You could instead use up to 191 characters, which leaves us just below the 767 byte limit.

CREATE TABLE users (
    username VARCHAR(60) NOT NULL,
    password VARCHAR(191) NULL NULL
) ENGINE=innodb DEFAULT CHARSET=utf8mb4 COLLATE=utf8mb4_general_ci

This may be an issue if you already have a production database with data that you cannot risk truncating, or if business requirements dictate needing more than 191 characters available in the varchar fields.

We had production data that couldn't get truncated, making this option a non-starter.

Hardest Solution: Change Storage, Enable Compression

This option is the most heavy-handed. It should not be done on databases which already have data, as it changes how InnoDB data is stored on the file system, setting off all sorts of alarms within MySQL after restarting it.

Note that the described settings here are the default on MySQL 5.7, which also comes with Strict Mode on.

With this option, we'll:

  1. Change the InnoDB file format to "Barracuda" which supports data compression
  2. Enable "large_prefix"
  3. Use dynamic row formatting

Within my.cnf you can add the following to accomplish the first two:

[mysqld]
innodb_large_prefix = 1
innodb_file_format  = Barracuda

In conjunction to this, when you create your tables, you need to set ROW_FORMAT=DYNAMIC along with your storage engine, character set and other settings.

For example:

CREATE TABLE users (
    username VARCHAR(255) NOT NULL,
    password VARCHAR(255) NULL NULL
) ENGINE=innodb DEFAULT CHARSET=utf8mb4 COLLATE=utf8mb4_general_ci ROW_FORMAT=DYNAMIC

That's a lot of stuff to deal with just to get a complete index on a standard field like VARCHAR(255), but it works!

This has the nasty side-affect of creating a dependency between your application and database configuration. Such a setup can become prone to error when moving around different environments.

This is something I needed to avoid, since I'm working on an application installed on customer infrastructure outside of our control.

The more configuration needed to be done, the fewer hosting options customers have, and the more customer support we would take on supporting questions about this issue.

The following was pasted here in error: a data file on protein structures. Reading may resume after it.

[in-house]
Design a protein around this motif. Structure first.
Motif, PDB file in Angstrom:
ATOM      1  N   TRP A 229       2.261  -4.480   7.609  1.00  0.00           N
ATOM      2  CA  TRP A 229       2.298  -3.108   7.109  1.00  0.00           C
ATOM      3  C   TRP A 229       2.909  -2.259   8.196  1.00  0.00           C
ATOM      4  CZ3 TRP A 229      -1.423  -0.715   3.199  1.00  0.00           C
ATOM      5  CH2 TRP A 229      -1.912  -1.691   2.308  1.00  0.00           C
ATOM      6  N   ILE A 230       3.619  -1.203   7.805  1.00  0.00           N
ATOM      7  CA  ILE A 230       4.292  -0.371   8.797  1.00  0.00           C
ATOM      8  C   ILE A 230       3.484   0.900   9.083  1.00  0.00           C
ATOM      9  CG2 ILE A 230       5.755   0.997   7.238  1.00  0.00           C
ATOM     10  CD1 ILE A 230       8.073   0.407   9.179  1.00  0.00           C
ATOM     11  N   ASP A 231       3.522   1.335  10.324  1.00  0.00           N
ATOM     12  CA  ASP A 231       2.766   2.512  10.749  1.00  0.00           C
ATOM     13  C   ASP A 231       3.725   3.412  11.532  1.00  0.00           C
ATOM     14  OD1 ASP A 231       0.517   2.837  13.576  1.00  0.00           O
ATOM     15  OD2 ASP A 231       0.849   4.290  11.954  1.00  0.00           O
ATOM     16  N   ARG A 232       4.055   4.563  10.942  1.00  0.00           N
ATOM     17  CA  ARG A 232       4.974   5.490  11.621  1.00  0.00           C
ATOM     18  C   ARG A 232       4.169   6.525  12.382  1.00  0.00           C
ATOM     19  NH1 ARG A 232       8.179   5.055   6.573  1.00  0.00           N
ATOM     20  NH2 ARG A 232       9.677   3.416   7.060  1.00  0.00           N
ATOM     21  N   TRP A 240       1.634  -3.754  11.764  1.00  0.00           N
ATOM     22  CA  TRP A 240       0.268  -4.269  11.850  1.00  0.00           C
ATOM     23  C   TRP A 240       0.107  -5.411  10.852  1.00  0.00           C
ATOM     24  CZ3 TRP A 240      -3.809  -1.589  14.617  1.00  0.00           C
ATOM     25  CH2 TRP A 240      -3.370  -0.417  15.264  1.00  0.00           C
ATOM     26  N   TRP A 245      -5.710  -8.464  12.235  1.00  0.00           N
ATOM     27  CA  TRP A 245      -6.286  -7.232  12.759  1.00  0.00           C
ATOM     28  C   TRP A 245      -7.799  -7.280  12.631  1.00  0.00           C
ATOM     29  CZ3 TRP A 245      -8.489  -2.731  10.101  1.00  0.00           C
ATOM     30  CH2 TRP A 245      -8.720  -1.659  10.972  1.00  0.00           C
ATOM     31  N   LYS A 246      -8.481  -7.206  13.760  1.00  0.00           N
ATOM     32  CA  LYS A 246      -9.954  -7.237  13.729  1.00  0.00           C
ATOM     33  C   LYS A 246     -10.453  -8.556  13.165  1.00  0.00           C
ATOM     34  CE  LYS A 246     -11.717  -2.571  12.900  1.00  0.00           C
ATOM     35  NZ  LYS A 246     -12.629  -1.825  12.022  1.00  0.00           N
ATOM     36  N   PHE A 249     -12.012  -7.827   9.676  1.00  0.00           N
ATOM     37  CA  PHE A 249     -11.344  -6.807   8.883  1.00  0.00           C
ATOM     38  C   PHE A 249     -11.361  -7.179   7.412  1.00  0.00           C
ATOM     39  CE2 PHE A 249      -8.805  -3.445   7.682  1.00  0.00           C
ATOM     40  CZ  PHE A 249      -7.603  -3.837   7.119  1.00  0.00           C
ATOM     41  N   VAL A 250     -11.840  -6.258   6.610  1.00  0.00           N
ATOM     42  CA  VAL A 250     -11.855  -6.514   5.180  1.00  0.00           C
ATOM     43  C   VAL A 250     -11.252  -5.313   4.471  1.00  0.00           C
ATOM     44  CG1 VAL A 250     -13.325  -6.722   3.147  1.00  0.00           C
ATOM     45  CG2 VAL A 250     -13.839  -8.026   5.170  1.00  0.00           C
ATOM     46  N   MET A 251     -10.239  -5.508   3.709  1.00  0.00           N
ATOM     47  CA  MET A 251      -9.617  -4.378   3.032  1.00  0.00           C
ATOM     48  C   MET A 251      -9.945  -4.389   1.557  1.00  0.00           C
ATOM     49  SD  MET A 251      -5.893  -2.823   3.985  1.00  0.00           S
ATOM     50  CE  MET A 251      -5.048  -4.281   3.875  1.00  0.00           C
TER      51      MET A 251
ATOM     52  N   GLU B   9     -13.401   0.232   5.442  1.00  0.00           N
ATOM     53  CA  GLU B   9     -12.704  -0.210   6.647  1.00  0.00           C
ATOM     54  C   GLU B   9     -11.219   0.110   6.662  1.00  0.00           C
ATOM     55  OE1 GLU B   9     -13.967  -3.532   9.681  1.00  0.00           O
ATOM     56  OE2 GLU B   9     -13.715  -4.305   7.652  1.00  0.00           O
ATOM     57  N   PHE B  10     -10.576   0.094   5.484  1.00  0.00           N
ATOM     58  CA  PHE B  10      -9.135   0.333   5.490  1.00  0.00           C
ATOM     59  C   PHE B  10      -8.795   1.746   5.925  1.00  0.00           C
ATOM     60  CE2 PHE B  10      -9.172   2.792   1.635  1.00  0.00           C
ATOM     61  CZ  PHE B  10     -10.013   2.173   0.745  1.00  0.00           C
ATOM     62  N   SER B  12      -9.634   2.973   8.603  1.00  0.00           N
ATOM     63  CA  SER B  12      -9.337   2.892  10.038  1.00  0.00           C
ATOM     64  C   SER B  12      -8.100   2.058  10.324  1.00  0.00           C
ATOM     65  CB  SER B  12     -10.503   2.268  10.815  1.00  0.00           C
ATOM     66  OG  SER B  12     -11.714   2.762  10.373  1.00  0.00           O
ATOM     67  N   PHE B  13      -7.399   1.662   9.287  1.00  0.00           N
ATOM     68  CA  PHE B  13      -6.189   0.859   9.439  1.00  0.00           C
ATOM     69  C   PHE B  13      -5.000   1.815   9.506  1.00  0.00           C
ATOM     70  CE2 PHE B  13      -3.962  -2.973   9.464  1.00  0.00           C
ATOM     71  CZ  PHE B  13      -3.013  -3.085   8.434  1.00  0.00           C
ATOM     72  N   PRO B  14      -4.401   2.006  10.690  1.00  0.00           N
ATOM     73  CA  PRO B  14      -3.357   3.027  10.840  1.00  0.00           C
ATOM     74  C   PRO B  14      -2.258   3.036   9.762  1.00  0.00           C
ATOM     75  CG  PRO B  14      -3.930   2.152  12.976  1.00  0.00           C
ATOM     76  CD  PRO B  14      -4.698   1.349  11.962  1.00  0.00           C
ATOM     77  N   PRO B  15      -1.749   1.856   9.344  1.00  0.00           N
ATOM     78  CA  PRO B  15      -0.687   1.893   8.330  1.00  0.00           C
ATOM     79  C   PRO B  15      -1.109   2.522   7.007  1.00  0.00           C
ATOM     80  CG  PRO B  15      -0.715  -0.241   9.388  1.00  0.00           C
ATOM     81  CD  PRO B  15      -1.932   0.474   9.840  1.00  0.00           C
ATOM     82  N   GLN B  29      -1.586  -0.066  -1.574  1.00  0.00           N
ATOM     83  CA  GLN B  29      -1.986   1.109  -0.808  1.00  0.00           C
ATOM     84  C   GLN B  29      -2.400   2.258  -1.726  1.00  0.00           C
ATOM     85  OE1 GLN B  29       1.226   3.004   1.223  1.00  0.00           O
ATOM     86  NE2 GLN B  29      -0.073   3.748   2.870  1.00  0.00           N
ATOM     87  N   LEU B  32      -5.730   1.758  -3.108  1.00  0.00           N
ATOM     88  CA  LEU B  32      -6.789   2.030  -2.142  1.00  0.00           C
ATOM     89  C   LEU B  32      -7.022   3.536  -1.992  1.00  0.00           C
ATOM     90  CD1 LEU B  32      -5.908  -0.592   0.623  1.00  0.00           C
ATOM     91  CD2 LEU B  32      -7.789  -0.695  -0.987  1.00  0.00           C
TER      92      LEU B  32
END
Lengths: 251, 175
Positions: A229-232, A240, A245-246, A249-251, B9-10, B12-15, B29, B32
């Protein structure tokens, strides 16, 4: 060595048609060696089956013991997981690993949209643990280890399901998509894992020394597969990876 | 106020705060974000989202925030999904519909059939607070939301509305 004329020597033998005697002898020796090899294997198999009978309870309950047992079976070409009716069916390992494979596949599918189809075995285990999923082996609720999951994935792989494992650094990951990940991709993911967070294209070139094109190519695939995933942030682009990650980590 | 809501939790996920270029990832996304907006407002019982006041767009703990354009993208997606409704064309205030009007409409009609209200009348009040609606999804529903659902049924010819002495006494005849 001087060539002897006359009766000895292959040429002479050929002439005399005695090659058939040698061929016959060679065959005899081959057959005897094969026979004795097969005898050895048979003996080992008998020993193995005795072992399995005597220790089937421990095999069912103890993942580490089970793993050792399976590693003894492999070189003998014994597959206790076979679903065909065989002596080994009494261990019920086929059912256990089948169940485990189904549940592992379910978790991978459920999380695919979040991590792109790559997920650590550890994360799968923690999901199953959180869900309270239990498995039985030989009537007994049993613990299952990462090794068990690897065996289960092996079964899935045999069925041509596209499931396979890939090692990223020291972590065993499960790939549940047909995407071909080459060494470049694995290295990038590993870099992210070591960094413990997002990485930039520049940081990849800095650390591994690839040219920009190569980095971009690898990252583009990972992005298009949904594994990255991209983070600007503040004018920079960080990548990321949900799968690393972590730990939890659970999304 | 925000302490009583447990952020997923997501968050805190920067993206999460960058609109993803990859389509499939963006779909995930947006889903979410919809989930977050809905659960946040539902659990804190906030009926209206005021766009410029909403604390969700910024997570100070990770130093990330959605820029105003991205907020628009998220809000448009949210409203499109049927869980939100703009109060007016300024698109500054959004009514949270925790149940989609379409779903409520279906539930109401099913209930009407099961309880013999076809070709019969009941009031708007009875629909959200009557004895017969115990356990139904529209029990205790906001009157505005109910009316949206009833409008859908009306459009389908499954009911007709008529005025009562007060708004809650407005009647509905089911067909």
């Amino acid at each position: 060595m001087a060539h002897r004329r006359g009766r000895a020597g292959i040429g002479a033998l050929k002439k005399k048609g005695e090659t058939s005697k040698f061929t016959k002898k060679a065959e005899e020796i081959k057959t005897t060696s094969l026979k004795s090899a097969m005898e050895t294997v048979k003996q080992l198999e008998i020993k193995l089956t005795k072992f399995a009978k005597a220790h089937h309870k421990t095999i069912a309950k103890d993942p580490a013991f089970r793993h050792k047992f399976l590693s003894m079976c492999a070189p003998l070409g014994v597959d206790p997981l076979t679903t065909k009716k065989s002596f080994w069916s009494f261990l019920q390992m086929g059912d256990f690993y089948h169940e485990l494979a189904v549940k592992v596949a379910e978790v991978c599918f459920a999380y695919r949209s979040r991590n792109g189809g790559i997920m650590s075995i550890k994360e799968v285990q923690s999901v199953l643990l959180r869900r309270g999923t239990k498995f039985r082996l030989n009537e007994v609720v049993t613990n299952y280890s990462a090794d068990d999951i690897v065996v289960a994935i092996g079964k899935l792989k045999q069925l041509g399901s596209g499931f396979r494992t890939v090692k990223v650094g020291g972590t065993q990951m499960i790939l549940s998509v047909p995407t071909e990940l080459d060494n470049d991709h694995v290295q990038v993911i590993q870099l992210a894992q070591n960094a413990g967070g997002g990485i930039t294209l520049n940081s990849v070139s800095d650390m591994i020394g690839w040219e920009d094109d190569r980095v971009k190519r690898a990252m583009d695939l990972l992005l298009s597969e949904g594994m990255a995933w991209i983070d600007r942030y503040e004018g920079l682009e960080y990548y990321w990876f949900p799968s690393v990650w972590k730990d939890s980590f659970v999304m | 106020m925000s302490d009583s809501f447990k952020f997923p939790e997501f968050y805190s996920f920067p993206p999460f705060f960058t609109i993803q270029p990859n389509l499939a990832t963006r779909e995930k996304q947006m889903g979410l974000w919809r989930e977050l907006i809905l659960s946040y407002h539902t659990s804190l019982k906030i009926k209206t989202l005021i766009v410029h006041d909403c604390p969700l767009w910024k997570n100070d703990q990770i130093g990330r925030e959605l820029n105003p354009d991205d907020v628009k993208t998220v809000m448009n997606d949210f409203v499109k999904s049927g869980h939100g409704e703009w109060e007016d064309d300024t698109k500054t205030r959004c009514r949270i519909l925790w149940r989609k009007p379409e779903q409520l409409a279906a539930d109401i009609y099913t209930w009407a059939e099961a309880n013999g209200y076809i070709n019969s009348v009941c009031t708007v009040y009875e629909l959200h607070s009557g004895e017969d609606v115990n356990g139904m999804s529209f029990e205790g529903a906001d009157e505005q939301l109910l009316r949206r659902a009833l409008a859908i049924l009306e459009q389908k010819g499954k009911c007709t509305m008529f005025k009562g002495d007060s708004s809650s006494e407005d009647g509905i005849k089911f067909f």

"Best" Solution: Use Smaller Indexes

This solution fixes the underlying issue and allows us to avoid issues caused by any customer's particular configuration of MySQL.

On VARCHAR fields (this hasn't been necessary on INT fields, and generally only FULLTEXT indexes are created on TEXT fields), we have the option to use smaller indexes; Up to the first 191 characters.

-- Index first 20 characters of the username column
ALTER TABLE users ADD INDEX username_index_name (username(20))

This lets you use the full 255 characters at the "expense" of index length, rather than getting the full index length at the expense of the varchar field length.

Depending on your use case, this solution can provide a speed boost to MySQL, as we're not storing as much information in the indexes (making it faster for MySQL to search the index). It definitely will remove warnings and errors about the index length when using the utf8mb4 character set.

This also makes an application less susceptible to issues to using within different/unknown MySQL environments.

Because this could be managed within our code, not create an issue where customers needed to do MySQL configuration changes, and wouldn't risk truncating "legacy" customer data, this was our most viable solution.

There's another story here about editing framework code to support variable-length indexes. It isn't often built into database abstraction libraries, since only MySQL supports it. That's another article, however.

Errata

Here's the bug report outlining this "issue" and some possible solutions, from which the "Hardest Solution" above came from.


Interestingly, of the 4 popular databases (SqlServer, MySQL, PostgreSQL, SQLite), MySQL is the only one to support variable index lengths when creating indexes.

This essentially means you can create "prefix" indexes, where you only index the first n characters of a field.


I couldn't find any init script or configuration that defined the difference between the PPA repository and the default MySQL 5.6 package. Perhaps the difference is in compilation.

I haven't dug any deeper on that point, so it's still a mystery to me. Both servers were Ubuntu Trusty 14.04.1 TLS 64 bit.


MySQL 5.6 still has a default character set of Latin1, but frameworks like Laravel use UTF-8 explicitly. You might run into this issue whether you're aware of it or not!


Fun fact: MariaDB is now the default available database in CentOS 7 and RedHat 7.


Strict mode will also raise errors when you do things like try to add a default value on a TEXT field. Luckily that is a less-destructive issue, as MySQL can handle adding a null or empty string value into a TEXT field, even when it is defined with NOT NULL. Go figure.

Side note, If you're interested in a service to help you manage MySQL-optimized, backup and (eventually) replication-enabled database servers, sign up here to let me know! The idea is to allow you to better manage your MySQL servers, taking advantage of many of MySQL's more advanced options, especially around backup and recovery.